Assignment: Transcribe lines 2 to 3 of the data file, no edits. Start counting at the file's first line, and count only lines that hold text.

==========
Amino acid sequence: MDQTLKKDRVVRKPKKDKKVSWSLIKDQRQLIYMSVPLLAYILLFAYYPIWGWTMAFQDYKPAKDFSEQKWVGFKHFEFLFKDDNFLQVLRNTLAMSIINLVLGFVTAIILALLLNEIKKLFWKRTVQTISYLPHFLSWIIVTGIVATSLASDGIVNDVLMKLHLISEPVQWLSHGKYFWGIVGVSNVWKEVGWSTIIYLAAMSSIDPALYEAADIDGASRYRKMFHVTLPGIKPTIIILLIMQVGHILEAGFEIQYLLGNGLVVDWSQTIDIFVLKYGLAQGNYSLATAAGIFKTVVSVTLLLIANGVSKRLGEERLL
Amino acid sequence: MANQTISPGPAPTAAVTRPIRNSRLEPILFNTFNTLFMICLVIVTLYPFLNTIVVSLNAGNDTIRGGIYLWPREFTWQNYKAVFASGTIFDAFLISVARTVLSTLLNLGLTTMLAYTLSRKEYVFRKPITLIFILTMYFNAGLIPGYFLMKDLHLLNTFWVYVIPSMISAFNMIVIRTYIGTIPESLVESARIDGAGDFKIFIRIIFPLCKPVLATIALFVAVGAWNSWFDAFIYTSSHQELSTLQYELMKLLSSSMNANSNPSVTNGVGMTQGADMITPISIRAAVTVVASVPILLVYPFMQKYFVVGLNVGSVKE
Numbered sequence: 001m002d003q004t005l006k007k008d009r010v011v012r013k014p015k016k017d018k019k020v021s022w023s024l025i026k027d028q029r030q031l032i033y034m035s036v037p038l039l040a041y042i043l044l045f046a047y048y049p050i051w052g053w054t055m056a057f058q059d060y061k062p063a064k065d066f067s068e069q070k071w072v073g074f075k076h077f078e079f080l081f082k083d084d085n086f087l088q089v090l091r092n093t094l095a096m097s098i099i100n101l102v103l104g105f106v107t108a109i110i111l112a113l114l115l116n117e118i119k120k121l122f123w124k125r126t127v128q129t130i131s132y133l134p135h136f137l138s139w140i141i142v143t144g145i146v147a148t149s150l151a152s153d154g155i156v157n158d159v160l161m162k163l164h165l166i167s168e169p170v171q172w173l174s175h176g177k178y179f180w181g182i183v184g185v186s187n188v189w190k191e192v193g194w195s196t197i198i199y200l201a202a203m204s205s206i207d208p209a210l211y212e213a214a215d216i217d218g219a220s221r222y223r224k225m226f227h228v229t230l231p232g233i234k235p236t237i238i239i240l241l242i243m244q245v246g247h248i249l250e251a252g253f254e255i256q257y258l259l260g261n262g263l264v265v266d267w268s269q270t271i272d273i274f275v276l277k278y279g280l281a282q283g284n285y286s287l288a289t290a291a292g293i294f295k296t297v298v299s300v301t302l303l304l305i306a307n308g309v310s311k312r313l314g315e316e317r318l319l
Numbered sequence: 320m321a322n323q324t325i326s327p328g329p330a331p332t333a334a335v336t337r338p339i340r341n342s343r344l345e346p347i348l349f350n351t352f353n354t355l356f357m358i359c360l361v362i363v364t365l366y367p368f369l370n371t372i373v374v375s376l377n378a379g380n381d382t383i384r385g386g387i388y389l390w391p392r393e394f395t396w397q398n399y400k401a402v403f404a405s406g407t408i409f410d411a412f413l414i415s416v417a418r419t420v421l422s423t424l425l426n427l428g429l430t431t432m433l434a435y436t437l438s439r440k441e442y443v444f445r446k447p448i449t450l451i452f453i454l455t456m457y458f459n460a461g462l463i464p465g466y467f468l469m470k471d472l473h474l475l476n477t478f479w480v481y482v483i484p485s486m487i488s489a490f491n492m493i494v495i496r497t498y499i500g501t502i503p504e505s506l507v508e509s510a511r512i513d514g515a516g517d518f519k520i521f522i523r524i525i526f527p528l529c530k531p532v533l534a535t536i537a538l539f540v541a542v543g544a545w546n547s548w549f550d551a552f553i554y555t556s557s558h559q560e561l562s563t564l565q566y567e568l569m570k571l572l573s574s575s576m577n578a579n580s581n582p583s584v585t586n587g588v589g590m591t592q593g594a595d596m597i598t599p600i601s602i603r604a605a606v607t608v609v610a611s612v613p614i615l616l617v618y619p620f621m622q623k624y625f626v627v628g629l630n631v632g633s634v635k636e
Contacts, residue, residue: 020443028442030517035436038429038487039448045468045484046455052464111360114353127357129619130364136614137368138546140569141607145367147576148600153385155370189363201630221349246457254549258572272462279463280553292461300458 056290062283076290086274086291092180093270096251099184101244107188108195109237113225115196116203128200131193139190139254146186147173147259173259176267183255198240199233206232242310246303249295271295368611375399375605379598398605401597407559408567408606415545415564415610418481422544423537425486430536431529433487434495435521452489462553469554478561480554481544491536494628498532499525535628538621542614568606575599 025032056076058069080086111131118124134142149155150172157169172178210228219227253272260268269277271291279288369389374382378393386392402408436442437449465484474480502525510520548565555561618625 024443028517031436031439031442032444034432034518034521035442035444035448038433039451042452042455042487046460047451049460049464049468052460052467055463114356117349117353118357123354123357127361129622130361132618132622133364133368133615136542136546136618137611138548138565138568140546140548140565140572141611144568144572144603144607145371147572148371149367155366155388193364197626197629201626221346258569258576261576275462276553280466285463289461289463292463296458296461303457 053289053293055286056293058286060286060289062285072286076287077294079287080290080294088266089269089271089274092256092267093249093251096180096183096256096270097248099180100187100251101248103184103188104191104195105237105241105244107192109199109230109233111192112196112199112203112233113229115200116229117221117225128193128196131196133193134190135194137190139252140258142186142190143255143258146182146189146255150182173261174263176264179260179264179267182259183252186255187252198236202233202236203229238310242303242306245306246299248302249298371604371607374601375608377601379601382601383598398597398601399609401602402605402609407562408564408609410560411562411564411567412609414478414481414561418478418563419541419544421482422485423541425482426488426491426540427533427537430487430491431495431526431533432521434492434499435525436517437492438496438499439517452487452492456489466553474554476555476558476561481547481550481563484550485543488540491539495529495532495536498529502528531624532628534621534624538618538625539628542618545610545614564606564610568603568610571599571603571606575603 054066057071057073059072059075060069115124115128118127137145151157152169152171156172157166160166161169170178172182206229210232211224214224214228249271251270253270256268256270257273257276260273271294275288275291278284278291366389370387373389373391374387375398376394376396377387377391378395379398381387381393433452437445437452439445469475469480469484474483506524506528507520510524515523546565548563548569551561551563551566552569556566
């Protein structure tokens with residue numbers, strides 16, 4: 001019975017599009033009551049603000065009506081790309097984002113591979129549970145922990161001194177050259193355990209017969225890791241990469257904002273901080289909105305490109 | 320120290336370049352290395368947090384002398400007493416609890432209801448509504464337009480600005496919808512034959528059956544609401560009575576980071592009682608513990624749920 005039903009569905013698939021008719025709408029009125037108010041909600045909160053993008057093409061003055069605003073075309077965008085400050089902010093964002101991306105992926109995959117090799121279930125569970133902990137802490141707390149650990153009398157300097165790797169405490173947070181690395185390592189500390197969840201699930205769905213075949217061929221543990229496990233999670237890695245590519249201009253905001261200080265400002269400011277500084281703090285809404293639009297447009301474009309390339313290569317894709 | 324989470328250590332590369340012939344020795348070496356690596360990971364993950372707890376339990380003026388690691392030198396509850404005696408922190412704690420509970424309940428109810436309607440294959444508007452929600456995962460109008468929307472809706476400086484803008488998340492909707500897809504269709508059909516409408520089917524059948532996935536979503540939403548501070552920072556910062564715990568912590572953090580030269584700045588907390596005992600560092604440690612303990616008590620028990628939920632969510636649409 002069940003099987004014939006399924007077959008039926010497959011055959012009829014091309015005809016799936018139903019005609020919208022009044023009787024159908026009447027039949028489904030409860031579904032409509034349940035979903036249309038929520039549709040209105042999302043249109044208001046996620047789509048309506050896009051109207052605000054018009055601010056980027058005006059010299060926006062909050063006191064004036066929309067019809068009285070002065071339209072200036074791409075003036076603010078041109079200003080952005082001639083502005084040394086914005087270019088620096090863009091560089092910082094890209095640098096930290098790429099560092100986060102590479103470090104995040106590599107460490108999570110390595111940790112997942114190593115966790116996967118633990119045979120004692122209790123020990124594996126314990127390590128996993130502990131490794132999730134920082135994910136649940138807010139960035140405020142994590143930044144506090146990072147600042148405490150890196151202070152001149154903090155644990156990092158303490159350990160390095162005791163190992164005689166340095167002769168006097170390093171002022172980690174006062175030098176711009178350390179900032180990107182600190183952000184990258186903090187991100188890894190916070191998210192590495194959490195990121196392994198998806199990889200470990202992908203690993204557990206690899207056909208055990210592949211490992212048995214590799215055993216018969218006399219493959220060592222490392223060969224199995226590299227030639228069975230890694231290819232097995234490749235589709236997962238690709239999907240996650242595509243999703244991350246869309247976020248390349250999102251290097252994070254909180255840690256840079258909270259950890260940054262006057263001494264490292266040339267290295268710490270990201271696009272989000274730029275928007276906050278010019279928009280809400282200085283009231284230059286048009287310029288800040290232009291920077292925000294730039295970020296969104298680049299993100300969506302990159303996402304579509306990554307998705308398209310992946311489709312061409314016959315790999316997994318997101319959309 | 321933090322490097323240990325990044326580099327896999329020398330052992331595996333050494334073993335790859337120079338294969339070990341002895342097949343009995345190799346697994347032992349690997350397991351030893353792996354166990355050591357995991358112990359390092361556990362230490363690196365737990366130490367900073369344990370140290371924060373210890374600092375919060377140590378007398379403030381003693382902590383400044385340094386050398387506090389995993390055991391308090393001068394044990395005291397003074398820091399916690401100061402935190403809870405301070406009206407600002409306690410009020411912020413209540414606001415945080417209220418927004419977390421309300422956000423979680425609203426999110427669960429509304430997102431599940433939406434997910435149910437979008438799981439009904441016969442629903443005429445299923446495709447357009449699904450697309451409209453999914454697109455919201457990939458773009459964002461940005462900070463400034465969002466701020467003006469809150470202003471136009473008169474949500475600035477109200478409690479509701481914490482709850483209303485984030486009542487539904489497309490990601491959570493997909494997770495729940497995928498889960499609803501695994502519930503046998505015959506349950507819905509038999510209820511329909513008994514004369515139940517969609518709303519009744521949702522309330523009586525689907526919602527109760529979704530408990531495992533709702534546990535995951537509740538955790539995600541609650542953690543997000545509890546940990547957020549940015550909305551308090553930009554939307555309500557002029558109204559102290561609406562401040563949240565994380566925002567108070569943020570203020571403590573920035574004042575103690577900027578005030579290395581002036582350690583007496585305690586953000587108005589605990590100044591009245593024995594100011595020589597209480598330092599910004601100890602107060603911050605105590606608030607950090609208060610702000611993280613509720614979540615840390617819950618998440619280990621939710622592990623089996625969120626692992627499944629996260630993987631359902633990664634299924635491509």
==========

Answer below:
Amino acid sequence: MANQTISPGPAPTAAVTRPIRNSRLEPILFNTFNTLFMICLVIVTLYPFLNTIVVSLNAGNDTIRGGIYLWPREFTWQNYKAVFASGTIFDAFLISVARTVLSTLLNLGLTTMLAYTLSRKEYVFRKPITLIFILTMYFNAGLIPGYFLMKDLHLLNTFWVYVIPSMISAFNMIVIRTYIGTIPESLVESARIDGAGDFKIFIRIIFPLCKPVLATIALFVAVGAWNSWFDAFIYTSSHQELSTLQYELMKLLSSSMNANSNPSVTNGVGMTQGADMITPISIRAAVTVVASVPILLVYPFMQKYFVVGLNVGSVKE
Numbered sequence: 001m002d003q004t005l006k007k008d009r010v011v012r013k014p015k016k017d018k019k020v021s022w023s024l025i026k027d028q029r030q031l032i033y034m035s036v037p038l039l040a041y042i043l044l045f046a047y048y049p050i051w052g053w054t055m056a057f058q059d060y061k062p063a064k065d066f067s068e069q070k071w072v073g074f075k076h077f078e079f080l081f082k083d084d085n086f087l088q089v090l091r092n093t094l095a096m097s098i099i100n101l102v103l104g105f106v107t108a109i110i111l112a113l114l115l116n117e118i119k120k121l122f123w124k125r126t127v128q129t130i131s132y133l134p135h136f137l138s139w140i141i142v143t144g145i146v147a148t149s150l151a152s153d154g155i156v157n158d159v160l161m162k163l164h165l166i167s168e169p170v171q172w173l174s175h176g177k178y179f180w181g182i183v184g185v186s187n188v189w190k191e192v193g194w195s196t197i198i199y200l201a202a203m204s205s206i207d208p209a210l211y212e213a214a215d216i217d218g219a220s221r222y223r224k225m226f227h228v229t230l231p232g233i234k235p236t237i238i239i240l241l242i243m244q245v246g247h248i249l250e251a252g253f254e255i256q257y258l259l260g261n262g263l264v265v266d267w268s269q270t271i272d273i274f275v276l277k278y279g280l281a282q283g284n285y286s287l288a289t290a291a292g293i294f295k296t297v298v299s300v301t302l303l304l305i306a307n308g309v310s311k312r313l314g315e316e317r318l319l